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Cardigan Welsh Corgi Breed Summary

Adaptable, Intelligent, Independent, Loyal and Alert

Unfortunately, Cardigan Welsh Corgis are one of the most vulnerable breeds in the UK and only a few pedigree puppies are born each year. They used to be recognised as the same breed as their counterparts, the Pembroke Welsh Corgi, and were eventually classed as a separate breed in the 1930's.

They are a lot less popular than their other Corgi relative but are extremely loving and affectionate doggies, who always love to learn new things due to their high intelligence!

Fun Fact: These guys were once referred to as 'Brindle Heelers' as they used to nip on the heels of the livestock that they were moving.

Kennel Club Group Pastoral
Lifespan 12 - 15 years
Height (at the withers) 27 - 33 cm at the withers
Weight Males 14 - 17 kg, Females 11 - 15 kg
Coat Short or Medium, hard to the touch. Softer and Denser Undercoat
Colour Black Brindle & White, Blue Merle, Brindle, Brindle & White, Brindle Point Tricolour, Red & White, Red Brindle, Red Brindle & White, Red Point Tricolour, Sable, Sable & White, Tricolour
Eye colour Dark and Sometimes Blue Flecked
Common health issues Progressive retinal atrophy (PRA), Hip dysplasia, Congenital deafness, Degenerative myelopathy (DM), Glaucoma, Urogenital, Urolithiasis, Back Problems, Obesity
Other Names Cardie, CWC, Cardigan

Cardigan Welsh Corgis make both excellent family pets and show dogs! Because of their adaptable personality and small bodies, they could potentially make excellent apartment dogs. Additionally, many of these guys can be seen living with horse owners as they are able to help in loading the horses into their trailers. They also make fantastic watchdogs due to their reserved attitude towards strangers and their ability to bark at anything they deem to be out of the norm! However, they do have independent streaks and although they are intelligent and easy to train, they will choose when and how they respond to your commands. If you want your Cardigan puppy to truly prosper, we recommend getting in all the training and socialisation you can before they turn four months.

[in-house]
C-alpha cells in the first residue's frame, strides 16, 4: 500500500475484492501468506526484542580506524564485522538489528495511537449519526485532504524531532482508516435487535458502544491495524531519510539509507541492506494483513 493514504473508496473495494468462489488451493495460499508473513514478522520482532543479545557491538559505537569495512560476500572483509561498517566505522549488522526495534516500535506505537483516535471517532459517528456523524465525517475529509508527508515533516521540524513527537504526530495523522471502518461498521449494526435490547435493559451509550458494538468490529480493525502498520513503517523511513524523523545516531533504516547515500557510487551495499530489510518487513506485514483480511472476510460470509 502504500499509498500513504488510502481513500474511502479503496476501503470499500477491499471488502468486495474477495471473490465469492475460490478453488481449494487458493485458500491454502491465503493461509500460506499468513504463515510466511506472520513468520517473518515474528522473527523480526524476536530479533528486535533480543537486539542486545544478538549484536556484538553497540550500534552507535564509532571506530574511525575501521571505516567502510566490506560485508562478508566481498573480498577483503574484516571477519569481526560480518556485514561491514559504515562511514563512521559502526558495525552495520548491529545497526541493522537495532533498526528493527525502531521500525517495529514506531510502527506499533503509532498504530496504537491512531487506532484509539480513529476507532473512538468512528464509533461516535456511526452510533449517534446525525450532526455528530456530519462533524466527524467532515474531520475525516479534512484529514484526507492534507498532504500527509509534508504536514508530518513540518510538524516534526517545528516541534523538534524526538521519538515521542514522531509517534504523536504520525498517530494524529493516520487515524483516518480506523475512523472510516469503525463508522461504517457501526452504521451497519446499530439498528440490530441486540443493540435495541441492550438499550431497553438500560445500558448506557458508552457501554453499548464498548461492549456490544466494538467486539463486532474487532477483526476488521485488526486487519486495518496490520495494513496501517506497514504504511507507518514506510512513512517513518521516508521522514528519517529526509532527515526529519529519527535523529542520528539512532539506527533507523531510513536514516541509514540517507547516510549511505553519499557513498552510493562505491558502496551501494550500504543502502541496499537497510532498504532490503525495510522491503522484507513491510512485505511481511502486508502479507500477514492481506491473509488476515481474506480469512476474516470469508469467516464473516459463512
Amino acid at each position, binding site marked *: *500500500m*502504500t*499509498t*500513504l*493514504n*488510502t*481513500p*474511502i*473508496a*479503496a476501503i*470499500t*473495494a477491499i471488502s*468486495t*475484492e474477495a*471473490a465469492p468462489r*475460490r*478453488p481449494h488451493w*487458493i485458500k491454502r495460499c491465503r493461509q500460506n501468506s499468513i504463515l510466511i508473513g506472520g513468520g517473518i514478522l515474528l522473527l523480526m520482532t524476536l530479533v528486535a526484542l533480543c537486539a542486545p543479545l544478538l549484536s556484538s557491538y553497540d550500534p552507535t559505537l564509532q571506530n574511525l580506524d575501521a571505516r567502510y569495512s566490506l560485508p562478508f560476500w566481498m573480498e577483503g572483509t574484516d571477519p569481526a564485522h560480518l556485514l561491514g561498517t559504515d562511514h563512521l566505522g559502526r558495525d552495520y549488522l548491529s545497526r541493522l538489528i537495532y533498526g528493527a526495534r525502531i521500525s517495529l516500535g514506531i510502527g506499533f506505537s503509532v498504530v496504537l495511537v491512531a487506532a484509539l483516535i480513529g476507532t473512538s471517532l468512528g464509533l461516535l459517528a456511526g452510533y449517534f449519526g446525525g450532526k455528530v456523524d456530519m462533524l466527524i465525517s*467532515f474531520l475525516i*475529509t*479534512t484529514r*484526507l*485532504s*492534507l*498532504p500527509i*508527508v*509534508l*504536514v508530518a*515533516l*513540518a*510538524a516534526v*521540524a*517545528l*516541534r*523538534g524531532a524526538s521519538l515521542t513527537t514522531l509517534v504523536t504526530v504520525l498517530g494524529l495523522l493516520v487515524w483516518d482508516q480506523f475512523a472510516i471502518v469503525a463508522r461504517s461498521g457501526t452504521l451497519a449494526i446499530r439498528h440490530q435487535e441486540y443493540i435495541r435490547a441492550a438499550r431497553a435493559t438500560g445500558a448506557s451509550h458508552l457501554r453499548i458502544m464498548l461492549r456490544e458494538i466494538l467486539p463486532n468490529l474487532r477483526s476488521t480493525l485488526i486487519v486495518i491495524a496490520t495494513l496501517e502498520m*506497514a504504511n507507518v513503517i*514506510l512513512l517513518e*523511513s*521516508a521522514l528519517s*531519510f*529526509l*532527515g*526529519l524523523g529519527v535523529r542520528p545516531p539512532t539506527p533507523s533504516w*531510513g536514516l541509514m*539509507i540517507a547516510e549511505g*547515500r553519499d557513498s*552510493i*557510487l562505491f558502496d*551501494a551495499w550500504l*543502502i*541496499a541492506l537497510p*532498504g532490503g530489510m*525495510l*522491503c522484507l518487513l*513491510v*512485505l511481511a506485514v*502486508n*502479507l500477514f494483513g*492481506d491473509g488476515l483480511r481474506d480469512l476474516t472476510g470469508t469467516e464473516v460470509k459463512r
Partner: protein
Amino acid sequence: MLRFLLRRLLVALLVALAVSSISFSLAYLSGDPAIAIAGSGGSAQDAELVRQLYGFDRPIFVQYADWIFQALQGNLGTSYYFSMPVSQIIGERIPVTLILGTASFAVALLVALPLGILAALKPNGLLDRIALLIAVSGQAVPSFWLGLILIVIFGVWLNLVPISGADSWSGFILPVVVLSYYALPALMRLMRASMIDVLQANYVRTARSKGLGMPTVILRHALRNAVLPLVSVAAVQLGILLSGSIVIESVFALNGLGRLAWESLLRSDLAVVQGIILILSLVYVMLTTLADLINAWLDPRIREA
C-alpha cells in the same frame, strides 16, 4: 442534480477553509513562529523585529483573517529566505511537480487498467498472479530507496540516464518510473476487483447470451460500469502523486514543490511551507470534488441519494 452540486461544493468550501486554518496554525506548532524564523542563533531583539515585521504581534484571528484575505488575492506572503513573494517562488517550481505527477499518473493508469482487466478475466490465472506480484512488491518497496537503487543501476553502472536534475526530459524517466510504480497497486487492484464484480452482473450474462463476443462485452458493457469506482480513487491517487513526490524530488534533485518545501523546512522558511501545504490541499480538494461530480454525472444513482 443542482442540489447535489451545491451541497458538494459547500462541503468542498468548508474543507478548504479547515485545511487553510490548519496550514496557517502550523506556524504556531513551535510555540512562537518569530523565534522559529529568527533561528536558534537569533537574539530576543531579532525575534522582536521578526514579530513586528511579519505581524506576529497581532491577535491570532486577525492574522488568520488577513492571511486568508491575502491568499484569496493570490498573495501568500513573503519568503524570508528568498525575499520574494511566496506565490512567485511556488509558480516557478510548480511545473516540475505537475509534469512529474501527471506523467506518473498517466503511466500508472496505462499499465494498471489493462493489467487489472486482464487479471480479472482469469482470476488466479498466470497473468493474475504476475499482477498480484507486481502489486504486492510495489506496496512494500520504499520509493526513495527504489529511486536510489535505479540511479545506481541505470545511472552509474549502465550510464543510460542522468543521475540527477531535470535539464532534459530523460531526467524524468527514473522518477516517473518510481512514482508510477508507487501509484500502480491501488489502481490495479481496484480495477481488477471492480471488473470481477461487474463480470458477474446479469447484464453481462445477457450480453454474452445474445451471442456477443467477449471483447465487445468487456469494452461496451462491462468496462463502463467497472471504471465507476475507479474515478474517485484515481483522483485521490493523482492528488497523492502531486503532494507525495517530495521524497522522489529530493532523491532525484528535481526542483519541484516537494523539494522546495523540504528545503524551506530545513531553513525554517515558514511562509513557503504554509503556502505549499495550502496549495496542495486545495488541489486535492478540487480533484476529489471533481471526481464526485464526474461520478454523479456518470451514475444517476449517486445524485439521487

Of the two Corgi breeds, the Cardigan is the oldest and is thought to have been around for over 3,000 years! They are thought to have descended from the same family as the Dachshund and potentially even the Basset Hound. It’s thought their ancestors were bought to Wales by Celtic Tribes whilst migrating from Europe. There is also a theory that Vikings crossed these doggies with Spitz-type dogs to produce the breed that we see today! They originally helped farmers to drive cattle into fields as well as being treasured family pets. During this time period, they were often interbred with Pembroke’s and all considered as one breed. This caused anger amongst breeders and eventually a new breed standard was set.